The bling factor vs proper 'testing'

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Erik Kaffehr
Erik Kaffehr Veteran Member • Posts: 4,640
The bling factor vs proper 'testing'

There are a lot of conceptions about high value products.

Matt Granger had the opportunity to compare the Fujifilm GFX 100 and the Phase One:

Both are 100 MP. the Phase one sensor is around 54x41 mm while the GFX 100 sensor is 44x33 mm. That is a 52% difference in area, which corresponds to 23% magnification. Larger but is it better?

I have serious doubts that Phase One is better. The Phase One is a digital back, so you can remove it and put it on a technical camera, that can be a huge advantage, when shooting with a technical camera.

It is no great piece of science to compare two cameras. You set up them both, shoot the same subject with 'equivalent' setups. Process the images the same way having the same WB, same midtone density and same sharpening. Blow up to same print size and compare as layers in Photoshop.

Note that almost everything should be the same. The exception is aperture, why?

We may have three ways to choose aperture, and all those make a lot of sense:

  • Equivalent aperture yields the same DoF. Most really good lenses today reach best performance around f/4 or f/5.6. If we compare say Phase One at f/11 and and say GFX 100 at f/9 both will yield the same DoF, but the GFX will be less affected by diffraction. Testing both at f/11 robs the GFX of some resolution.
  • On the other hand, it may be that the photographer tries to achieve maximum bokeh. In that case it would make sense to use maximum aperture.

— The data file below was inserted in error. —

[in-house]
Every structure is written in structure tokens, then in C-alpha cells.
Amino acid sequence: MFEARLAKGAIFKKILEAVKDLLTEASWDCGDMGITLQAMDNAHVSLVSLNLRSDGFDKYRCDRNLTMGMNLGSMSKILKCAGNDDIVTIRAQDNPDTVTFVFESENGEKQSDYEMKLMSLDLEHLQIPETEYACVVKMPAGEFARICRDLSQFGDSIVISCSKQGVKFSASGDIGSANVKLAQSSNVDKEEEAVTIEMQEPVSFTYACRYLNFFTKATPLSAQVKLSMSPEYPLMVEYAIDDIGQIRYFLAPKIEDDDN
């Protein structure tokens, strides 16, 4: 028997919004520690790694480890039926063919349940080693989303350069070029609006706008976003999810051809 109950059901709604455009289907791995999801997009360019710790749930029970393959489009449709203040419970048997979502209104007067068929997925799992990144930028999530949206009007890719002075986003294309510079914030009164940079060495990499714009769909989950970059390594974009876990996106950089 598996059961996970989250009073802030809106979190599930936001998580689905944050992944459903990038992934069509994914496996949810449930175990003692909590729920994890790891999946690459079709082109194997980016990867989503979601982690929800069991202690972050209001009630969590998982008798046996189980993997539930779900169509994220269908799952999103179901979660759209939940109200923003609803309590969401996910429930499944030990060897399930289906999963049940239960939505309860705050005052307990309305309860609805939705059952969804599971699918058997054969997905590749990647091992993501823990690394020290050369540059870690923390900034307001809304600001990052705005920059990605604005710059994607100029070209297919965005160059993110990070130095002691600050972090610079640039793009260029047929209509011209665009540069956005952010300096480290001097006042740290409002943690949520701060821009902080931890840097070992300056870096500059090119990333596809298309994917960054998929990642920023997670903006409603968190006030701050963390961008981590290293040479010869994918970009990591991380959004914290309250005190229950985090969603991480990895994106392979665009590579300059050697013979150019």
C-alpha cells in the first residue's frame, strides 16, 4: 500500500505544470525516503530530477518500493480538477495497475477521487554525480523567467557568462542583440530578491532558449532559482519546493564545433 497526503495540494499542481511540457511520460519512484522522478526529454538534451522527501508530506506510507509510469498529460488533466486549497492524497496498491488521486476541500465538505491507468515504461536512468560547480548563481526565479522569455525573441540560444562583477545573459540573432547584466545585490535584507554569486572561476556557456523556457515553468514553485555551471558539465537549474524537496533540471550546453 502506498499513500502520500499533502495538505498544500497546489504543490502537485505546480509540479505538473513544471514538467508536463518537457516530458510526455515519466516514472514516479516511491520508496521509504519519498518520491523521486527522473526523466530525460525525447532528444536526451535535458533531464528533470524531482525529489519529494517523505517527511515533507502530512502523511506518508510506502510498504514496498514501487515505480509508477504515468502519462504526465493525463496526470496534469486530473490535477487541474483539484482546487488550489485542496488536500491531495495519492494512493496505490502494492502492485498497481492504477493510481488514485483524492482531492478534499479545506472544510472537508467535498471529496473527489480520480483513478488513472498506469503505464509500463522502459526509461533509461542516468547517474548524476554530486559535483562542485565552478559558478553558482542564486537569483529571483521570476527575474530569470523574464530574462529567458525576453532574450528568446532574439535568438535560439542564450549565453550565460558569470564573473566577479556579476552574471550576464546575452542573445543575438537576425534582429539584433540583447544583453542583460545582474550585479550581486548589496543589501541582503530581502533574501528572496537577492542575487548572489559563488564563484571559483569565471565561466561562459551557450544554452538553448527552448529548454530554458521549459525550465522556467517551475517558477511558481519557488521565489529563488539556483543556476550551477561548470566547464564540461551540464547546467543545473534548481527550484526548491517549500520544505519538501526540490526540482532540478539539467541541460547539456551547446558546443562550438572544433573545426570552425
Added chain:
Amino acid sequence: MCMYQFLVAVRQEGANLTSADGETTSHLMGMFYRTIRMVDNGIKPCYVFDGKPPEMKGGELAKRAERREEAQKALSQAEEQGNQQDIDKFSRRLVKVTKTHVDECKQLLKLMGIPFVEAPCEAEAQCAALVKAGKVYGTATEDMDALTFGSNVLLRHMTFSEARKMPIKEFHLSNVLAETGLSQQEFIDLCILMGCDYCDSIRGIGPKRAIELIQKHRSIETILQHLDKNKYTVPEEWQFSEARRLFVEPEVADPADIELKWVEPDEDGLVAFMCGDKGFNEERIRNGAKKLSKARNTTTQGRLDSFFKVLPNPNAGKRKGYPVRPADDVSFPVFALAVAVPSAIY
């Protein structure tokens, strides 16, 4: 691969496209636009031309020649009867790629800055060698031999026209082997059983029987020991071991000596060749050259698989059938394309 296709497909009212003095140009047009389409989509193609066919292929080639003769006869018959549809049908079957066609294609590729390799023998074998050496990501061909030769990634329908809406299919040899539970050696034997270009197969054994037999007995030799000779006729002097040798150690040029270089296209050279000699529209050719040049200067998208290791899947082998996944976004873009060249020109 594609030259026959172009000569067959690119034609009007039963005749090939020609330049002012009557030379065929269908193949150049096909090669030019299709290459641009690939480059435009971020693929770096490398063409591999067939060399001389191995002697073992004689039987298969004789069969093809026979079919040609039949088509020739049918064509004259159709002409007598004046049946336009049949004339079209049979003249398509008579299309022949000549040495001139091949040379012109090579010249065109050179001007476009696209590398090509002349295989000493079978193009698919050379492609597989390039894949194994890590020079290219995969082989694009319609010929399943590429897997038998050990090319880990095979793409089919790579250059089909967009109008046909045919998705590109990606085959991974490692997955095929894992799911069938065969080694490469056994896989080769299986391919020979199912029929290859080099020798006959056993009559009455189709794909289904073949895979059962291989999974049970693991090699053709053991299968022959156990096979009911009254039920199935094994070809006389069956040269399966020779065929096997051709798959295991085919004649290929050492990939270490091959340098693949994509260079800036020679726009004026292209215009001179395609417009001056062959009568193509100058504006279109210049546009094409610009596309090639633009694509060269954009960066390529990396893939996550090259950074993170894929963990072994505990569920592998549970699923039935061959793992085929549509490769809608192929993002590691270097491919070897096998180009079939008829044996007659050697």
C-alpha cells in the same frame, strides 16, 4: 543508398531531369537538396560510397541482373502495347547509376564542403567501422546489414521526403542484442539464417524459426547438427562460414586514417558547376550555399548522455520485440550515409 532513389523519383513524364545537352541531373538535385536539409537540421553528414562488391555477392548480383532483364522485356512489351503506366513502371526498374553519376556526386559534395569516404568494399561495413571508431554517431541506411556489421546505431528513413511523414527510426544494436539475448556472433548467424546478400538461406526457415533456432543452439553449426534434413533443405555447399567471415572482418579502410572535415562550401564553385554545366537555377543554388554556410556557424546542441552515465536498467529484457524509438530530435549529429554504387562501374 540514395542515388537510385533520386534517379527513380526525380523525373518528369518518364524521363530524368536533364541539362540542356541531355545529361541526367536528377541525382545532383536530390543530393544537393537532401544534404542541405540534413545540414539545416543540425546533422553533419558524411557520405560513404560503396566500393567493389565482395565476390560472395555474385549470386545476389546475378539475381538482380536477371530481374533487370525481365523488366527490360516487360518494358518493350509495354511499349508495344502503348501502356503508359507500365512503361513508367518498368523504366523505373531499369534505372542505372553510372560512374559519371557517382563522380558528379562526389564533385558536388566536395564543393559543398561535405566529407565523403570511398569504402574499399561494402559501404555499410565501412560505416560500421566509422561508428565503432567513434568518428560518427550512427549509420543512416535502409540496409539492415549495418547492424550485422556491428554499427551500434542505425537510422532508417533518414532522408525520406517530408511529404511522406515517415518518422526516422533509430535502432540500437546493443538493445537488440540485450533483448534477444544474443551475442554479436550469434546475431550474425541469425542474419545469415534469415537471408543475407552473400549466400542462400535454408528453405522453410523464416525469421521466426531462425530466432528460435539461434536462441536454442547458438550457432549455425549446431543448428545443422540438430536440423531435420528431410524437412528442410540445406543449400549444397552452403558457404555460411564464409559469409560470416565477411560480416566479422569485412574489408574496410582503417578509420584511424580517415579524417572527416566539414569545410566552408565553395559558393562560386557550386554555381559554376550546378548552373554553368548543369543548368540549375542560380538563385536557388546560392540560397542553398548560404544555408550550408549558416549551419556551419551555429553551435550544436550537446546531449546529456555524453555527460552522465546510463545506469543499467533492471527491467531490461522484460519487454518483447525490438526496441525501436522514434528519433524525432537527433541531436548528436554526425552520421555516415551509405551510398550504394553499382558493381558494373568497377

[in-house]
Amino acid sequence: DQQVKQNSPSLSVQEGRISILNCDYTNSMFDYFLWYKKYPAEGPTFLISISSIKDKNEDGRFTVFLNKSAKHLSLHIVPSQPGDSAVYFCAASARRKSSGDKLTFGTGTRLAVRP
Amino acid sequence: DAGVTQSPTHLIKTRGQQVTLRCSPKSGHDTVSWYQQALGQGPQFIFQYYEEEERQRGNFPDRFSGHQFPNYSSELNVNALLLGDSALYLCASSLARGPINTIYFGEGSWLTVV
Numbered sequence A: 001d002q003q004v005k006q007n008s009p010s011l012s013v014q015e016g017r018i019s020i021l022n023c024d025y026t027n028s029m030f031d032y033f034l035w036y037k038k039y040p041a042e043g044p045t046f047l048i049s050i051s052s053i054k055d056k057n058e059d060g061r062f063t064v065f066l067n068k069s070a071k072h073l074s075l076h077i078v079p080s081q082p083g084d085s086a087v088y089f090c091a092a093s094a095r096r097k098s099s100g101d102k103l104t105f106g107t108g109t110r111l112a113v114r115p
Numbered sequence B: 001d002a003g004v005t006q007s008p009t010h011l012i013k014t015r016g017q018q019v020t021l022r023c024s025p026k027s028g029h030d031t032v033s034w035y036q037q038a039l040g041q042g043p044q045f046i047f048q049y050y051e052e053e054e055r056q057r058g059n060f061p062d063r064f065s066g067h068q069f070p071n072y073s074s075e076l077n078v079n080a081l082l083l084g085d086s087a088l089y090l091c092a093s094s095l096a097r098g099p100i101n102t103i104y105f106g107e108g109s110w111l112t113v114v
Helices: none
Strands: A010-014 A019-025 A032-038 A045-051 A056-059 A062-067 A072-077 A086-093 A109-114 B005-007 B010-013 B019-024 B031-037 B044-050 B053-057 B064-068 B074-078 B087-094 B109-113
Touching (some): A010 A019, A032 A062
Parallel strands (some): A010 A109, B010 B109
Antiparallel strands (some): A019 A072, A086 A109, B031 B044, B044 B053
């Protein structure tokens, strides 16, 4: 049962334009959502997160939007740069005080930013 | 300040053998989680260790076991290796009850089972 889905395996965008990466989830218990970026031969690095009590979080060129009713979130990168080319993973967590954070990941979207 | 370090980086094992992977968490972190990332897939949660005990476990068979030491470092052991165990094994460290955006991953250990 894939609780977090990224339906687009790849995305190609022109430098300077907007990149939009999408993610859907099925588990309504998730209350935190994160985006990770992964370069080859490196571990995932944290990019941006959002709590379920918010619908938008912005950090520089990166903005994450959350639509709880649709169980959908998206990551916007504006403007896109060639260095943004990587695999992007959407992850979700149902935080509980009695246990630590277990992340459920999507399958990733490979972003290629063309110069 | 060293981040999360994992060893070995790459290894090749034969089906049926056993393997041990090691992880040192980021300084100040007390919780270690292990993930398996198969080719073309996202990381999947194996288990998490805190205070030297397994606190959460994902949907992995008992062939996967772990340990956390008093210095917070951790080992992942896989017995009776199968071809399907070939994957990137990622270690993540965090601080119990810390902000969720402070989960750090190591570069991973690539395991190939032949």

• Or, the photographers tries to achieve maximum sharpness, in that case it makes sense to use the optimal aperture.

But, once you shoot different subjects in different light, the bling factor enters the scene.

Another good example:

Sarah McAleaxnder of LensRentals arranged a comparison between the Leica Monochrome and the Sony A7rII. She was shooting the pictures and the viewers were:

Aaron Closz, Joey Miller - both Leica Shooters and technical experts and Drew Cicala who is co owner of Lens Rentals.

The three viewers were tasked with identifying the cameras. Both Leica experts had a tendency to assume that the A7rII 'was the Leica'. Drew Cicala mostly got it right.

The bling factor does affect judgement. My impression is wine testers say, 'tasting the label' instead of the wine.

Just to say, I think that reviews like Matt Granger does have a value. Using gear for a longer time shows what works and what does not.

But, the 'bling factor' is always there.

Best regards


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Erik Kaffehr
Magic uses to disappear in controlled experiments…

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